Back to list

Common pond skater

Gerris lacustris

Photo: Common pond skater
Weights and measures
Length 20 mm
Animal description
The Common Pond Skater, scientifically known as Gerris lacustris, is a fascinating insect that graces the surfaces of calm freshwater bodies such as ponds, lakes, and slow-moving streams. This species belongs to the family Gerridae, which encompasses water striders that are adept at navigating the water's surface. The Common Pond Skater is a master of surface tension, utilizing it to its advantage to glide effortlessly across the water, hunting for food, and evading predators.

Physical Characteristics:
The Common Pond Skater is notable for its slender, elongated body that is perfectly adapted to its aquatic lifestyle. Typically, the body length ranges from 10 to 12 millimeters for adults, with males generally being slightly smaller than females. The coloration of these insects is usually a dark brown or black, providing them with excellent camouflage against the backdrop of the water's surface and vegetation.

One of the most distinctive features of the Common Pond Skater is its long, slender legs. The front pair of legs are shorter and are used for capturing prey, the middle pair are longer and act as the main propulsion mechanism, allowing the insect to 'skate' across the water, and the hind pair are the longest, used for steering. The legs are equipped with fine hairs that repel water, aiding in their ability to stay atop the water surface without breaking through.

Habitat and Distribution:
Gerris lacustris is widely distributed across Europe and Asia, thriving in a variety of freshwater habitats. These insects prefer still or slow-moving waters where the surface tension is high enough to support their weight. They are commonly found in ponds, lakes, ditches, and slow-moving rivers, often congregating in areas with abundant vegetation. This vegetation provides them with shelter, breeding grounds, and hunting territories.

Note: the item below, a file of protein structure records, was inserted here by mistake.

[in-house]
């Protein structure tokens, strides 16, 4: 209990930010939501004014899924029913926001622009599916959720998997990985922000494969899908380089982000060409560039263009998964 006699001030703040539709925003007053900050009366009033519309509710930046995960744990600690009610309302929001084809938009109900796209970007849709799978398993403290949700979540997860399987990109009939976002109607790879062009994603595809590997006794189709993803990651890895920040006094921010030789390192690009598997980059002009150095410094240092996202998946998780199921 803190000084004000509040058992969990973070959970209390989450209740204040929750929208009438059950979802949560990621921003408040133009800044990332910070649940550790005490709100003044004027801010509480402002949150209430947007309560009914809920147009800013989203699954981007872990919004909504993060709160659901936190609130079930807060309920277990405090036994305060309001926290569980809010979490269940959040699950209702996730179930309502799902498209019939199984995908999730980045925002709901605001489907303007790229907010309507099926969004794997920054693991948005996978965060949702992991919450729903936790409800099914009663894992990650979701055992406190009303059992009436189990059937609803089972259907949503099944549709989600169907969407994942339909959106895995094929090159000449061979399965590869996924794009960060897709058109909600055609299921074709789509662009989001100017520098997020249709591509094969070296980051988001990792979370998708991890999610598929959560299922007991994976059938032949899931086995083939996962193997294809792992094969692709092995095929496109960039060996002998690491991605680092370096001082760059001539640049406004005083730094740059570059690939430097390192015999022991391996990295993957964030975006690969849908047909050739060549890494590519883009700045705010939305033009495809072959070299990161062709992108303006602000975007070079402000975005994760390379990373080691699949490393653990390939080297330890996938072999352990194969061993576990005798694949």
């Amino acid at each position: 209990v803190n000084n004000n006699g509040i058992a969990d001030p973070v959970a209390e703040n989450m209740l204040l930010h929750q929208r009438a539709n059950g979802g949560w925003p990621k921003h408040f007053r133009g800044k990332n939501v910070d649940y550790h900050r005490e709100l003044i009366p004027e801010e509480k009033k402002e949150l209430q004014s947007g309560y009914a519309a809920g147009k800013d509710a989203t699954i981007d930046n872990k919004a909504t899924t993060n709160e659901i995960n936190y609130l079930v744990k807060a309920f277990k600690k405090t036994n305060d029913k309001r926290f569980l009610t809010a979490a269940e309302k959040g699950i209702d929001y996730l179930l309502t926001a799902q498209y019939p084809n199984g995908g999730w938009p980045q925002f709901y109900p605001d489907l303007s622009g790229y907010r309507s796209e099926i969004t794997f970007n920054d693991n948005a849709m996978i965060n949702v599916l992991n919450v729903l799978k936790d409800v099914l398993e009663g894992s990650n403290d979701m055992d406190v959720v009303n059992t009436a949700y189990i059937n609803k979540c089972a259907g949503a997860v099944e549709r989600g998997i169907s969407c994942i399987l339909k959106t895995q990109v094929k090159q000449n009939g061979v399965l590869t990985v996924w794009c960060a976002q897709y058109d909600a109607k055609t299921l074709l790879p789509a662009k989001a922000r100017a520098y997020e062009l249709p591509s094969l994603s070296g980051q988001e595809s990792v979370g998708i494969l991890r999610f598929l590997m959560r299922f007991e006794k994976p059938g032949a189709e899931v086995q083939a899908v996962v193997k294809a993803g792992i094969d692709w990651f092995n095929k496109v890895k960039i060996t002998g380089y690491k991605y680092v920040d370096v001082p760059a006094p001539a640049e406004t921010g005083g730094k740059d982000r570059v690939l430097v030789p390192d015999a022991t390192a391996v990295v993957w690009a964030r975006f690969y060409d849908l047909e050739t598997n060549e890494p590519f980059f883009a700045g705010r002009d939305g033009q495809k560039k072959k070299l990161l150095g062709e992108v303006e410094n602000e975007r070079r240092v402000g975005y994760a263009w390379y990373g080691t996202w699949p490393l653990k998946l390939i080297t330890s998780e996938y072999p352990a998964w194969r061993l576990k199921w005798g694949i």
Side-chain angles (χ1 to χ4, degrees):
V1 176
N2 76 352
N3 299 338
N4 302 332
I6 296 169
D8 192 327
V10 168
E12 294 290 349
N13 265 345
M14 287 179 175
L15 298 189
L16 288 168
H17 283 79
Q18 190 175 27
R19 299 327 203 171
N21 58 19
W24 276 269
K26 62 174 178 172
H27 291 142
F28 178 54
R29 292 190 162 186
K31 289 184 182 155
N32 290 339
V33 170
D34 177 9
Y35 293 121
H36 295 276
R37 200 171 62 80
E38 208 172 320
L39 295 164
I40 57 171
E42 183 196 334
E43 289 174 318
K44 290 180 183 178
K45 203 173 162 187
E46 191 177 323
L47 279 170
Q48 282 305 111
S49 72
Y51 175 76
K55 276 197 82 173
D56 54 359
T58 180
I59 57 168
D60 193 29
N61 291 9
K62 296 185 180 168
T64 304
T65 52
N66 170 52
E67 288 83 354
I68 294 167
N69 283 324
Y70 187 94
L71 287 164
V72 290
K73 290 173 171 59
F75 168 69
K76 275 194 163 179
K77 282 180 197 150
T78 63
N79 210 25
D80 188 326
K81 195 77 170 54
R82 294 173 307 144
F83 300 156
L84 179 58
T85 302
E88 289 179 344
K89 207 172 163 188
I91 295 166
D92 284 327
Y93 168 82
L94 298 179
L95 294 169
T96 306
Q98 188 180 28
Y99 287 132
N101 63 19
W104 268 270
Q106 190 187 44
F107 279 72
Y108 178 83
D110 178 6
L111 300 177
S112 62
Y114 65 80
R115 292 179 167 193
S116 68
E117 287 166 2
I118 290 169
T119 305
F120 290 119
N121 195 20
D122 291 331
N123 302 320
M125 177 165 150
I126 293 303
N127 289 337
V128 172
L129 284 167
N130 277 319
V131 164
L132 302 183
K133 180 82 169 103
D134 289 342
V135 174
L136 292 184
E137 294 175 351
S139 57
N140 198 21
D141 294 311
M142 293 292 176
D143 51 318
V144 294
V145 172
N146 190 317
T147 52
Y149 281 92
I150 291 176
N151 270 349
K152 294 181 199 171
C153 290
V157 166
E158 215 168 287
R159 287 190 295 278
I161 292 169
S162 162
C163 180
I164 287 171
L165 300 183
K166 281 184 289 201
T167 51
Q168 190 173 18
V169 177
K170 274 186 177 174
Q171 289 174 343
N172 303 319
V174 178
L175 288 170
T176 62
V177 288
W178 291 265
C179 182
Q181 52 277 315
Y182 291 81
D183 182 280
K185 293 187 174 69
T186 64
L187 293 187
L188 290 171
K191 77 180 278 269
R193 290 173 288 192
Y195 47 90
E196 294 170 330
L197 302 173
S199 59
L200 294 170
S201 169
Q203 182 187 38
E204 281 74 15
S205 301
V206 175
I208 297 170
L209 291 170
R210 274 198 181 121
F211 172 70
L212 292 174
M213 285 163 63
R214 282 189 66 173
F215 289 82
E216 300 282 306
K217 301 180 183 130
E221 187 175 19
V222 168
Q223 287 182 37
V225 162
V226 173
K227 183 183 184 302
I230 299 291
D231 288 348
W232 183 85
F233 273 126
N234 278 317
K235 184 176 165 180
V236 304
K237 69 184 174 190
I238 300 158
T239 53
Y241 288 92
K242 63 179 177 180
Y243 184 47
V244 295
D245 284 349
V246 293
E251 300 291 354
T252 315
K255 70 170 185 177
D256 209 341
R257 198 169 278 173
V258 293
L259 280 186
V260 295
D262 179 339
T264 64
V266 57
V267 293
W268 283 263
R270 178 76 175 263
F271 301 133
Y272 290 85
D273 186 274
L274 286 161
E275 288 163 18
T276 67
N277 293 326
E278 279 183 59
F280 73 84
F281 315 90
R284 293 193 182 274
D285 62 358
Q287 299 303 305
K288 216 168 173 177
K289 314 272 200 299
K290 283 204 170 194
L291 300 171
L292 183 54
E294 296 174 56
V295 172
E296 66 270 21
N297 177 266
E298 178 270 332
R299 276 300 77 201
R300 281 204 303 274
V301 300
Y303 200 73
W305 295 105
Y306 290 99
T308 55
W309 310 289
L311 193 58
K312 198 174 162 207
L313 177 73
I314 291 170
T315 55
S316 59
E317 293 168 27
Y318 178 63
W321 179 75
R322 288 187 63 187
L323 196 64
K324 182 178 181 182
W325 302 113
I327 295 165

Diet and Hunting Behavior:
The diet of the Common Pond Skater primarily consists of small insects and larvae that fall onto the water's surface. They are skilled predators, using their sensitive front legs to detect vibrations on the water's surface, which indicate the presence of potential prey. Once a prey item is detected, the Pond Skater quickly skates over and uses its piercing mouthparts to inject digestive enzymes into the prey, liquefying its insides, which are then sucked out.

Reproduction and Lifecycle:
The reproductive cycle of Gerris lacustris begins in the spring, when males start to establish territories and court females. After mating, females lay their eggs on vegetation just above or on the water surface. The eggs hatch into nymphs, which undergo several molts before reaching adulthood. This process can take several weeks to months, depending on environmental conditions.

Conservation Status:
Currently, the Common Pond Skater is not considered to be at risk. It is a widespread and common species with a large population. However, like many freshwater species, it could be impacted by pollution, habitat destruction, and climate change, which could affect water quality and availability of suitable habitats.

In conclusion, the Common Pond Skater is a remarkable insect that has adapted perfectly to life on the water's surface. Its unique physical characteristics, hunting prowess, and lifecycle make it an intriguing subject of study for entomologists and nature enthusiasts alike. As an integral part of freshwater ecosystems, it plays a vital role in controlling insect populations and thus maintaining the ecological balance.
New photos of animals